Bushwhacker’s style on their third full-length album, Fistful of Poison is best described as ‘cowboy sludge.’ The western tinges that gradually developed on previous albums are pushed completely to the forefront as a dusky atmosphere takes precedence, the drums provide booming tom-heavy support, and the guitars show off a prominent twang whether opting for gritty chugs, swirling harmonics, or cinematic acoustics. Even the vocals manage to play up a frontiersman drawl despite largely consisting of raspy snarls.
Any concerns of gimmickry or the band’s commitment to the style are immediately silenced as A Fistful of Poison reveals itself to be a full-on concept album complete with sound effects and voice acting. The spoken segments are quite prone to cheesiness and the pacing can be a little muddled at times, but there’s no denying that the ‘cowboys meet crocodile cultists’ storyline is a surprisingly immersive experience. It’s great to see some self-awareness in the presentation but the attention to detail and world-building is even more commendable.
The band has greatly tweaked their songwriting method to make the concept work. Their past albums were rife with elaborate tracks fueled by a variety of different influences, but this album has a much more honed sense of direction in comparison. An emphasis on linear buildups over thrashy beatdowns ensures more climactic payoffs while a mix of gruff and clean vocals gives greater narrative coherency while also enhancing the mystery at hand. I do find myself wishing that the individual songs were a bit more varied, but I like the unsettling gallops on “Knives and Teeth” as well as the haunting psychedelia on tracks like “The River Black” and “Bridges Burn.”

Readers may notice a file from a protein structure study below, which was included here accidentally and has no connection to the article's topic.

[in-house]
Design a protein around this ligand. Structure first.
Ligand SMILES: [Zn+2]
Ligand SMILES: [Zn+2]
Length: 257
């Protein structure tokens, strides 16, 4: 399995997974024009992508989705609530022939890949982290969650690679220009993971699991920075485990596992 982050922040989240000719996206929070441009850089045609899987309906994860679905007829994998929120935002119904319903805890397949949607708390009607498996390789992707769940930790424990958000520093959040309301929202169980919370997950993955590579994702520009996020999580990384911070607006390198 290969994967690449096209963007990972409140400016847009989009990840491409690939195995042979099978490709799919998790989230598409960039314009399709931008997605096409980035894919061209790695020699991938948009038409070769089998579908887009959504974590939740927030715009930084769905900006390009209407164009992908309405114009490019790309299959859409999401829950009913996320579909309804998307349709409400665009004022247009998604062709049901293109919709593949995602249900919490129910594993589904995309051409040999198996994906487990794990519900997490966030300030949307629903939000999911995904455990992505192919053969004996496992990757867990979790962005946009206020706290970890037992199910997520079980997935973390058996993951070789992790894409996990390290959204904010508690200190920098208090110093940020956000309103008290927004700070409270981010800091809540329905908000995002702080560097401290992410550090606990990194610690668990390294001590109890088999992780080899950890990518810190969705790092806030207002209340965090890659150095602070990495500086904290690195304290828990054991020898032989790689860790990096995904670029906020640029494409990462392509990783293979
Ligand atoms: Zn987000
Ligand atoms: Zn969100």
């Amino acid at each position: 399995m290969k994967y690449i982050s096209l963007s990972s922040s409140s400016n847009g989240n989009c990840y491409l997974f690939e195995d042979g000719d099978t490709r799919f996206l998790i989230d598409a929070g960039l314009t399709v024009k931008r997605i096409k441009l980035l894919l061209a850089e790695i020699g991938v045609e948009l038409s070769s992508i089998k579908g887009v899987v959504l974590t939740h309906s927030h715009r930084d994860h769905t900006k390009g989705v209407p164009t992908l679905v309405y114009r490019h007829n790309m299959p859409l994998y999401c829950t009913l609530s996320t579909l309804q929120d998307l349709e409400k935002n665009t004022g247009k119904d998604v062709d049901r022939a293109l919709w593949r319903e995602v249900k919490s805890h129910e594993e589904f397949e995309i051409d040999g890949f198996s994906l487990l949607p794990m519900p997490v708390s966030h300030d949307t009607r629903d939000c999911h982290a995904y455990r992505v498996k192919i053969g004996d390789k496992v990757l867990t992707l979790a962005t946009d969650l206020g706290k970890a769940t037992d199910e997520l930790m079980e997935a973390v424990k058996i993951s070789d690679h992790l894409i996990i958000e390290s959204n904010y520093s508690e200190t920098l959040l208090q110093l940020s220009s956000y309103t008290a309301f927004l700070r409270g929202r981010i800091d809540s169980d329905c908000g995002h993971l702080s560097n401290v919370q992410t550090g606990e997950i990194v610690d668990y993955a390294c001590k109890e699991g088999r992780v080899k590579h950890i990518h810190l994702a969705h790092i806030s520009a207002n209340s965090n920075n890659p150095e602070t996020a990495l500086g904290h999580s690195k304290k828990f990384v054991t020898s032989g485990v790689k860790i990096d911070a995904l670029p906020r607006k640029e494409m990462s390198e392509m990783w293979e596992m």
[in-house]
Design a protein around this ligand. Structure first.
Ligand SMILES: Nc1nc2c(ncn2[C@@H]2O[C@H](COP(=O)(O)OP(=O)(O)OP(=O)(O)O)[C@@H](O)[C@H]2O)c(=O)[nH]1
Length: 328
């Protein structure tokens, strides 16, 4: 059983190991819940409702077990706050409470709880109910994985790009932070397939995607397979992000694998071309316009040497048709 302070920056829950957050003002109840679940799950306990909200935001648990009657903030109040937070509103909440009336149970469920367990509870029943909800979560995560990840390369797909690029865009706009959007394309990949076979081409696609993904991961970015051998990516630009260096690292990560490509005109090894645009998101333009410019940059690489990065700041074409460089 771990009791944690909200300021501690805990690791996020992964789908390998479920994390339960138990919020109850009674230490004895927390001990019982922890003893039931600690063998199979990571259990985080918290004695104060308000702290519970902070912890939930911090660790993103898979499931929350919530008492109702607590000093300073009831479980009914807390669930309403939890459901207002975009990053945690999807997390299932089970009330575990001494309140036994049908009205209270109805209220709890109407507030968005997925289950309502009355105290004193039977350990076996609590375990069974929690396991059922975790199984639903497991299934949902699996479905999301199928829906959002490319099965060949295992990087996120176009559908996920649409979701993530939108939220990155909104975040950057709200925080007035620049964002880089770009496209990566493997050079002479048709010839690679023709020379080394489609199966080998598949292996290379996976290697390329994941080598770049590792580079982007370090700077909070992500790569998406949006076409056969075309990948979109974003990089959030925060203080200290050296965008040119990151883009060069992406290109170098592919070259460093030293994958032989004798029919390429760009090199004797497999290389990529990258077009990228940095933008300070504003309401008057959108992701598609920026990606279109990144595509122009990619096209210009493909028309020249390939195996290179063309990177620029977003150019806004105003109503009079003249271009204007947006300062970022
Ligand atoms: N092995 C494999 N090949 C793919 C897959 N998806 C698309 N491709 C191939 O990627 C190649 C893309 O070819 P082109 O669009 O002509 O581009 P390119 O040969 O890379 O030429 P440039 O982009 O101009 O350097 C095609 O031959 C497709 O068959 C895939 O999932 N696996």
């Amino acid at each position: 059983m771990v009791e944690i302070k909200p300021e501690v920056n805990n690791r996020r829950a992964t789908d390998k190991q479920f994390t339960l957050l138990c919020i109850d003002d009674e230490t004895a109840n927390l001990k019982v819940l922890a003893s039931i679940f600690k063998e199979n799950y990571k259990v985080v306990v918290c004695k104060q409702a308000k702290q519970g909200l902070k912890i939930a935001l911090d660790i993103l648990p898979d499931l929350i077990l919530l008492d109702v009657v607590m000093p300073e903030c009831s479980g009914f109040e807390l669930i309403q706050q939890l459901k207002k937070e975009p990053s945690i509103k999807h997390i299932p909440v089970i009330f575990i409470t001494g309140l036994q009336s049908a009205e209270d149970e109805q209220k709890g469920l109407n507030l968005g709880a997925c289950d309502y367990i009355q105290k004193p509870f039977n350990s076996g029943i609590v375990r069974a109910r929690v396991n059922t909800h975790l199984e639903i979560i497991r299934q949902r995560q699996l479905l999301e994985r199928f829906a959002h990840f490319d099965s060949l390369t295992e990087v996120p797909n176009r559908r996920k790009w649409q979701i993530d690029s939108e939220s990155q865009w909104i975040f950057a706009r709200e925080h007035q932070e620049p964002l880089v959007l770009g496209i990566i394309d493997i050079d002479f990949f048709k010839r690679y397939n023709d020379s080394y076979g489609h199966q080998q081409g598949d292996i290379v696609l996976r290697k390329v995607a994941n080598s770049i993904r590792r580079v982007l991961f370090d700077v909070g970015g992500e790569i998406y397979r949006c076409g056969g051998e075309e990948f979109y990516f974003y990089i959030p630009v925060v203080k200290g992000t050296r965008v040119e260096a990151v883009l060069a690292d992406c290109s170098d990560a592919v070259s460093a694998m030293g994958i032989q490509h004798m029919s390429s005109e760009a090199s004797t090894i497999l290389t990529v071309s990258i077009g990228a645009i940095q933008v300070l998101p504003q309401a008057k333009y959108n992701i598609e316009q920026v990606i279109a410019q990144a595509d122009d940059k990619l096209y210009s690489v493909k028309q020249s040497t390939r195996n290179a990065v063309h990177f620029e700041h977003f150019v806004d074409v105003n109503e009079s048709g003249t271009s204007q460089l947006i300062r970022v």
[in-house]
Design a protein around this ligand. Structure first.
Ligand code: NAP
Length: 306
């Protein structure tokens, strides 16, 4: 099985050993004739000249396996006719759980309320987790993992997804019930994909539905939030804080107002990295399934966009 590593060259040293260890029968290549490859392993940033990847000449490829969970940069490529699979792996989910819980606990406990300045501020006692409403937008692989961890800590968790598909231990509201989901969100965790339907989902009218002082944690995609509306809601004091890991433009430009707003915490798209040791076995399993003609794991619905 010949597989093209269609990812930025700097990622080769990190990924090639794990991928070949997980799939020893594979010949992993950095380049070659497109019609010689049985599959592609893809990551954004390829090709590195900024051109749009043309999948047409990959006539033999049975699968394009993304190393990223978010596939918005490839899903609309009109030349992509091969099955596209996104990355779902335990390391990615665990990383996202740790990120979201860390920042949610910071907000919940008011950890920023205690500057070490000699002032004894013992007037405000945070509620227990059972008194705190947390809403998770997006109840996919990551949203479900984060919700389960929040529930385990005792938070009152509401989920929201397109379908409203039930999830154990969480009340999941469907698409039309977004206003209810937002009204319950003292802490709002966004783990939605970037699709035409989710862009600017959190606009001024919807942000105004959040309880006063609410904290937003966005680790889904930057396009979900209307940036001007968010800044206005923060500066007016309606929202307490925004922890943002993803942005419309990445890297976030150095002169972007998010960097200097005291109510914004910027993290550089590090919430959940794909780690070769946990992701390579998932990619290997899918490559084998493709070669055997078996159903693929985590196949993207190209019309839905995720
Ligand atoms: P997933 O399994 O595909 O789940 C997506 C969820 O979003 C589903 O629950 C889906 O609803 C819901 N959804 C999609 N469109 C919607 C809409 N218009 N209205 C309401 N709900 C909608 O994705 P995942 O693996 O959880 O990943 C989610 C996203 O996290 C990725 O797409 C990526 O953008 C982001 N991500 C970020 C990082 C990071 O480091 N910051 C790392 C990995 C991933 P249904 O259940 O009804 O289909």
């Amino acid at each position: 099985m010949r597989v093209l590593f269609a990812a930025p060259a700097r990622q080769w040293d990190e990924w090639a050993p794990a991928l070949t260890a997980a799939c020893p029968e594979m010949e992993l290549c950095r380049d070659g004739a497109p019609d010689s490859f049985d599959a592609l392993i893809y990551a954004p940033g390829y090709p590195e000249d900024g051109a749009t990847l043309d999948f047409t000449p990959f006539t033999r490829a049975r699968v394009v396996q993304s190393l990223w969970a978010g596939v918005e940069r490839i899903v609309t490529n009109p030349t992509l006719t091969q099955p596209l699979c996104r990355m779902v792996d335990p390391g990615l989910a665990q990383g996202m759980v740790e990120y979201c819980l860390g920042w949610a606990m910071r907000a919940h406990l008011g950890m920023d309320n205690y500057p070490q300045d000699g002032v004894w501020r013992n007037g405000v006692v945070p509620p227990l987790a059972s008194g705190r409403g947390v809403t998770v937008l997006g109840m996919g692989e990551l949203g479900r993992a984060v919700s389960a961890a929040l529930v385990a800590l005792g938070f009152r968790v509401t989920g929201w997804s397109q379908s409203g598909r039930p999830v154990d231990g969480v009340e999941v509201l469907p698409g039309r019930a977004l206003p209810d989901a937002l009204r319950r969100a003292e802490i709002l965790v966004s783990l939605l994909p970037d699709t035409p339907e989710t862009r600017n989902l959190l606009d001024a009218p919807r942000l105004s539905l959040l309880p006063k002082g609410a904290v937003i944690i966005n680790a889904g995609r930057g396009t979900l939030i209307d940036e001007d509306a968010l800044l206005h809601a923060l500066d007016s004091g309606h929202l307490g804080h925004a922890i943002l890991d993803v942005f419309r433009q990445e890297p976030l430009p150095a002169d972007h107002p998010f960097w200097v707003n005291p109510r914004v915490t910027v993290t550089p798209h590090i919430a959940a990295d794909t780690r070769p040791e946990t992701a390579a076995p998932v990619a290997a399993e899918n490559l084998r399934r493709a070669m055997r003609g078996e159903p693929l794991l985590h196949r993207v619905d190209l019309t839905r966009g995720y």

I find a lot of parallels between A Fistful of Poison and Running Wild’s Under Jolly Roger. The two albums sound nothing alike and offer very different themes, but just as that album was the first step in a glorious run of pirate metal, I hope that this release will do the same for Bushwhacker’s western aesthetic. It could very well be a well one-off theatrical exercise, but if the band keeps tapping into this style, I’m sure the results on future installments will be even more inspiring.
Overall, A Fistful of Poison sets up an incredibly unique take on western metal and sees Bushwhacker coming into their own as a cohesive unit. The album’s more flexible dynamics allow the band to express their extensive influences in ways they hadn’t before and the move to a conceptual format results in more effective songwriting. The concept isn’t for everybody and parts could afford to be trimmed, but it’s a fun, engaging listen even as you’re waiting for it to grow on you. If you’ve ever wanted to hear a cross between Mastodon and Voivod tell you ghost stories around a campfire, check this one out!
“Knives and Teeth”
“The River Black”
“Brother in Blood”